March 22, 2015 | John Paul Catanzaro
Many times research is extrapolated from a pathological population and applied to a healthy population. Static muscle endurance training of the core is one such example. Here’s an excerpt from Shinkle et al., 2012 on the topic:
“In sports, muscular demands vary greatly from athlete to athlete. This makes it very difficult to have one statement that will address all superiorities or inadequacies of the core. Currently, plank exercises are considered an adequate method of training the core for athletes to improve core strength and stability. The problem with these exercises is that they put the athletes in a nonfunctional static position that is very rarely replicated in the demands of sport-related activities. To train for the majority of sports, it requires a dynamic motion.”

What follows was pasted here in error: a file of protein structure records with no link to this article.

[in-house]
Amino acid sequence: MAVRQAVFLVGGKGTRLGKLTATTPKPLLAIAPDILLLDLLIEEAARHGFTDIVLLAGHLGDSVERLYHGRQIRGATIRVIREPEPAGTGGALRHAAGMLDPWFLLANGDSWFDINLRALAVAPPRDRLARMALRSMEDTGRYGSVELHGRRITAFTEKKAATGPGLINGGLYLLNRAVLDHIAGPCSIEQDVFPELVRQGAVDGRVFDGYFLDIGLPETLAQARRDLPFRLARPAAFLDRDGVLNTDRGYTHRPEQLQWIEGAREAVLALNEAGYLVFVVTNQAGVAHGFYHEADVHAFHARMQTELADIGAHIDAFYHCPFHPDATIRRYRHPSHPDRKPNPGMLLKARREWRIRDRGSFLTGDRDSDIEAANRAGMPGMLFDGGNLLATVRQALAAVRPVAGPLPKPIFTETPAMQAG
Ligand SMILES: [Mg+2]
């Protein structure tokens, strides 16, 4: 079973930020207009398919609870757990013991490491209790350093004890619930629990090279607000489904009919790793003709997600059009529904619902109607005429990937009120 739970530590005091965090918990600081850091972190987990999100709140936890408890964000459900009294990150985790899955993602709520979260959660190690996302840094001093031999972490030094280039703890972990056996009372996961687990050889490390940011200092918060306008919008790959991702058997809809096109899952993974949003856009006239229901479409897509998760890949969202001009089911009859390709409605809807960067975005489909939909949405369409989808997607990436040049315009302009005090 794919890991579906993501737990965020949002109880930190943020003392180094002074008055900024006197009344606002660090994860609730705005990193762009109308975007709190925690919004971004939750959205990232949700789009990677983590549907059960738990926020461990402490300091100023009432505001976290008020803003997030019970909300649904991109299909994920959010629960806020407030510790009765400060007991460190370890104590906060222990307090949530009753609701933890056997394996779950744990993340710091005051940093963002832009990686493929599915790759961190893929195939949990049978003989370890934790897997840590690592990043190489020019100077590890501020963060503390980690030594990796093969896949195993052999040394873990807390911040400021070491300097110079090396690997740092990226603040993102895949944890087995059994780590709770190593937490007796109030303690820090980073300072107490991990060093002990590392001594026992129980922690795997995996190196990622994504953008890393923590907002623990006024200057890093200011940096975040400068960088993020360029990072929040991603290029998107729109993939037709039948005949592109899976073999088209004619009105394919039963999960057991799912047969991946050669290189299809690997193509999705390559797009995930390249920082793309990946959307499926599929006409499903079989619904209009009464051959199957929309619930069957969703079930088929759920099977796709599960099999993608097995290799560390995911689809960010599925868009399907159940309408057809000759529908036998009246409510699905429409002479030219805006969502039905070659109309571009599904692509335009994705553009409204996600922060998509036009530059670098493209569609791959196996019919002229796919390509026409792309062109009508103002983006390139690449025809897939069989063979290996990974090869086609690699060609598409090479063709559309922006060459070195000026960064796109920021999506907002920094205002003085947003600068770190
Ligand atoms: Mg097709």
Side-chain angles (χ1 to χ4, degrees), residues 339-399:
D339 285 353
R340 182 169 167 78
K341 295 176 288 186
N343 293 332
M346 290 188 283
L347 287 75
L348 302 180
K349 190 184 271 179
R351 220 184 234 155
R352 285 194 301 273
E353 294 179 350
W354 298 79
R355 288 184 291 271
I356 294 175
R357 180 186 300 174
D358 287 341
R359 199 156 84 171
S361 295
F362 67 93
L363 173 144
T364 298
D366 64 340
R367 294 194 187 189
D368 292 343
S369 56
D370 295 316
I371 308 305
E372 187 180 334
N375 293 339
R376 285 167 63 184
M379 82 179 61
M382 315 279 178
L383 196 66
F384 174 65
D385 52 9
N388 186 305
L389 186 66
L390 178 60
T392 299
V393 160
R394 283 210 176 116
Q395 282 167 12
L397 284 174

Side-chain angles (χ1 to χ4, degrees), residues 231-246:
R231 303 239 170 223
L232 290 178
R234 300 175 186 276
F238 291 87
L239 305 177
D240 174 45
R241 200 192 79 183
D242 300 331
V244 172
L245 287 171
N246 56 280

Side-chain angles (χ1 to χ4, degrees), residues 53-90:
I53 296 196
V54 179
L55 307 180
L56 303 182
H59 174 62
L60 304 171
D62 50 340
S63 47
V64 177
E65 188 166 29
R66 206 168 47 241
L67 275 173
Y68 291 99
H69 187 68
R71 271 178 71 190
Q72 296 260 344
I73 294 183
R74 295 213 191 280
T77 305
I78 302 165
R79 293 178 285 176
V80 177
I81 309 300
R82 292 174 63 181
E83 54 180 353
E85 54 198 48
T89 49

The same concept applies with static versus dynamic stretching as I discuss in my Stretch for Strength video presentation. Stretching is velocity specific. There’s actually a low correlation between static and dynamic stretching. For example, a martial artist may be able to kick you in the head but might not reach his toes during a sit-and-reach test. The bottom line is that if you want to be flexible in motion, you must stretch in motion.
Back to core training… For best results, a combination of static endurance training as a method of injury prevention (e.g., plank and side bridge exercises) and dynamic explosive training to improve performance (e.g., cable woodchop and medicine ball exercises) should be used with athletes.